Apple's Argument Regarding Irreparable Harm from Infingement of D'667 - Part II

In addition to loss of consumer goodwill, Apple argued that Samsung’s infringement also harmed their market share, causing both actual and potential market share loss.  Apple threw in several statistics in an attempt to support this statement. For example, after starting to sell “its iPhone-imitating Galaxy S,” Samsung experienced a 350% increase in the number of smartphones that it sold. These sales caused Samsung’s market share to also increase to 10.8% (when it was previously at 4.3%). These statistics are the only evidentiary proof provided in the motion for the argument that Samsung’s infringement caused Apple to lose some of its smartphone market share.  Again, Apple may have presented more evidence in its declarations and reply, but the evidence in the motion is very bare-boned.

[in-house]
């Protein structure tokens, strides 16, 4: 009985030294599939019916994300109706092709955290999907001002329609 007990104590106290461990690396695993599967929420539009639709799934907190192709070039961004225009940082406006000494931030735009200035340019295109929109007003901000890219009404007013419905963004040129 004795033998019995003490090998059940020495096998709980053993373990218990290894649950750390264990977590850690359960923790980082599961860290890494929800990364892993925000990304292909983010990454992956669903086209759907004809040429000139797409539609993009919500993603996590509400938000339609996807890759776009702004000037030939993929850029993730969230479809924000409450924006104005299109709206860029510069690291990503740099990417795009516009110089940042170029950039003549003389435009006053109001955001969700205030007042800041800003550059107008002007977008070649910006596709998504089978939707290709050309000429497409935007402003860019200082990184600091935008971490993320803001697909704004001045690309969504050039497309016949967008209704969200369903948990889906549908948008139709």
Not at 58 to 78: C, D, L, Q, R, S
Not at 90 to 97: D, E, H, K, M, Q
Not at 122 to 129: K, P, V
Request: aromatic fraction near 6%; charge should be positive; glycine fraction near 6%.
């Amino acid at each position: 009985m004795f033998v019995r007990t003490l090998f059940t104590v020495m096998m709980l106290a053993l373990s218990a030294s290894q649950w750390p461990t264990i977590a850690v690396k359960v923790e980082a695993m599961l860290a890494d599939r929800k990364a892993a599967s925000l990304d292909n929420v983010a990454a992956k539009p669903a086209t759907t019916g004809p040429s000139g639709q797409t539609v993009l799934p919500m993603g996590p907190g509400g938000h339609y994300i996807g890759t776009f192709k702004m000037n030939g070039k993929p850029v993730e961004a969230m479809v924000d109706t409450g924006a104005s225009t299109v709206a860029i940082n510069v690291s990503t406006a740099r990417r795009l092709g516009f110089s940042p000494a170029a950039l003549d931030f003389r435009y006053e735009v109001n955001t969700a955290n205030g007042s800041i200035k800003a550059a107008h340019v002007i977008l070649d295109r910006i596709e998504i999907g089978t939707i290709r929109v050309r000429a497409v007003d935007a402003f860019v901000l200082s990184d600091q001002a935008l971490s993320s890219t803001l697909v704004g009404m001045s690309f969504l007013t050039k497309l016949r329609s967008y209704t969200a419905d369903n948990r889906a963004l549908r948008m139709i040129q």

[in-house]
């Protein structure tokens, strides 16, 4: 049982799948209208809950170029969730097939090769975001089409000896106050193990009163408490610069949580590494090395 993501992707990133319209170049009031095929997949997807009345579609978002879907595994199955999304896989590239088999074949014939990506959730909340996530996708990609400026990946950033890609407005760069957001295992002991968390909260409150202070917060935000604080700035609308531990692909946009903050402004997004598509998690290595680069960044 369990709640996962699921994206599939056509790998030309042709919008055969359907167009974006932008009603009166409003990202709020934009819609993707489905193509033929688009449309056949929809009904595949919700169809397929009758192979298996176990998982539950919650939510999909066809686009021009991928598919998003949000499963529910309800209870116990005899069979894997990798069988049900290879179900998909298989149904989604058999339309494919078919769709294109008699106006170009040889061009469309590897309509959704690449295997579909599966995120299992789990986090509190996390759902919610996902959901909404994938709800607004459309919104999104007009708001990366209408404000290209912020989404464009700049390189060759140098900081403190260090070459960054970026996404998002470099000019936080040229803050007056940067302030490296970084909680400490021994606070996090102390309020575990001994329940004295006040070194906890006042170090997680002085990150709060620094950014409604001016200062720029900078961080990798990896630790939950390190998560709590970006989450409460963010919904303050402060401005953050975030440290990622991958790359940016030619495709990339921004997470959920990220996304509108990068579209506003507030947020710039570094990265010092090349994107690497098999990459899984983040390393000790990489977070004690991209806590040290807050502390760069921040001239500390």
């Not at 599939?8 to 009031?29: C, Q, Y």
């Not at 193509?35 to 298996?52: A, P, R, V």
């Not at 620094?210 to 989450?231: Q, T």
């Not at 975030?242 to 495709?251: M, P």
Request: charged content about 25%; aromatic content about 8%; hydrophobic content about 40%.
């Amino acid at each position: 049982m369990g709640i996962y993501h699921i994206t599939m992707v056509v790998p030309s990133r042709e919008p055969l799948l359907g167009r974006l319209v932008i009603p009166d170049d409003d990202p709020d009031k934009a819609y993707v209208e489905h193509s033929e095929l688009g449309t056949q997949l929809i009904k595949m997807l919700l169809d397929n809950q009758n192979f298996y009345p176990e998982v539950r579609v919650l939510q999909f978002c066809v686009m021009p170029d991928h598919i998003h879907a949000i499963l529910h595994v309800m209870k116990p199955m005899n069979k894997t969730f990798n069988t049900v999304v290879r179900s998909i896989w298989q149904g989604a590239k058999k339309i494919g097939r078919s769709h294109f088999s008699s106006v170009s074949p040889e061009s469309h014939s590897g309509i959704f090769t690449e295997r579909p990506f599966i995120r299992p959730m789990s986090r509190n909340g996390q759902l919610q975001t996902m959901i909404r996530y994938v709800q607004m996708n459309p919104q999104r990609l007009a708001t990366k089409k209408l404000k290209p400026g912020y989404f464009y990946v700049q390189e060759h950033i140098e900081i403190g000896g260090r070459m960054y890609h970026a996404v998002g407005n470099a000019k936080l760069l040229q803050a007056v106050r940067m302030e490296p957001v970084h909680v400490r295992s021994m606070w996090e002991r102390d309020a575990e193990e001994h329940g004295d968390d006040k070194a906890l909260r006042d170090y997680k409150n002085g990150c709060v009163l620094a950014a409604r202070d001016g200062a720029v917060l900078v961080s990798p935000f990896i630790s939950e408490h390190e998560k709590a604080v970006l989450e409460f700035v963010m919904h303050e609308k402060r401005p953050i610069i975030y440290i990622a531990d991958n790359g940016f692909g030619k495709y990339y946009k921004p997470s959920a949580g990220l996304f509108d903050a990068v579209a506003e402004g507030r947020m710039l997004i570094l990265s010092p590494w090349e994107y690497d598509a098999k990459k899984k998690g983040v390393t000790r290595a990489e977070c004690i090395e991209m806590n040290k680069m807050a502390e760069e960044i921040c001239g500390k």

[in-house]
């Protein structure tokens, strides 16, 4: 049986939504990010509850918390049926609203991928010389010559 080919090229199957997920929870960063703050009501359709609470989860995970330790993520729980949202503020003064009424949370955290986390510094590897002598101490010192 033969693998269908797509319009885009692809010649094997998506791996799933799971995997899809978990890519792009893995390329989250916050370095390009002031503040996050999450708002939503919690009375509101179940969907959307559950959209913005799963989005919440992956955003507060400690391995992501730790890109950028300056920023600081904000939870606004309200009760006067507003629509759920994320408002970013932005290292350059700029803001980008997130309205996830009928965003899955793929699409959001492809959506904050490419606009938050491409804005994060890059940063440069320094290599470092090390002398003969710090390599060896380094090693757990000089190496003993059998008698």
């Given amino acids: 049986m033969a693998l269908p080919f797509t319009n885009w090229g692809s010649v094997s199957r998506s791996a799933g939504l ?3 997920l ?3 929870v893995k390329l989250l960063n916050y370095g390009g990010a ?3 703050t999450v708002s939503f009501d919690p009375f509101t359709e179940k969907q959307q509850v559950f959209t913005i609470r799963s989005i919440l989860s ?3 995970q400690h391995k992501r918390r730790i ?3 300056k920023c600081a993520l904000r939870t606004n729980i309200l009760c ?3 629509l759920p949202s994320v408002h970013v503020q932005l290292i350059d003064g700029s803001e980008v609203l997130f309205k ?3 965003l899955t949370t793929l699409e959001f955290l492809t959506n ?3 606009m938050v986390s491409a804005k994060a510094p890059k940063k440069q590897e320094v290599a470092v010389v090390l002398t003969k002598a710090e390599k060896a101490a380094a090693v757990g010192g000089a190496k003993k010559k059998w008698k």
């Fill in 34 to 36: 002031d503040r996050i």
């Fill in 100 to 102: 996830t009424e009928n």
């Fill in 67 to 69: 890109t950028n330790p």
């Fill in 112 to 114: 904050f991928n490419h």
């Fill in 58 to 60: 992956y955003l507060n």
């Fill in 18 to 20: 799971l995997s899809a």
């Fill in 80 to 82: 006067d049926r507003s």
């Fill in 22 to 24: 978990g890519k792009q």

It’s especially problematic that Apple sort of just threw in the conclusion that Samsung’s similar phone designs (infringement) must have been the main contributing factor for Samsung’s volume of sales and increased market share. Nor is there anything in the motion that would support a conclusion that consumers who bought Samsung phones bought them because of their similar design to Apple’s phones (or for that matter, that those same consumers would have purchased the iPhone if it were it not for Samsung’s copycatted design). I believe some of Apple’s experts may have tried to present evidence on this topic, but it must not have been very sufficient either (the court’s rejection of this argument is discussed in a later blog)
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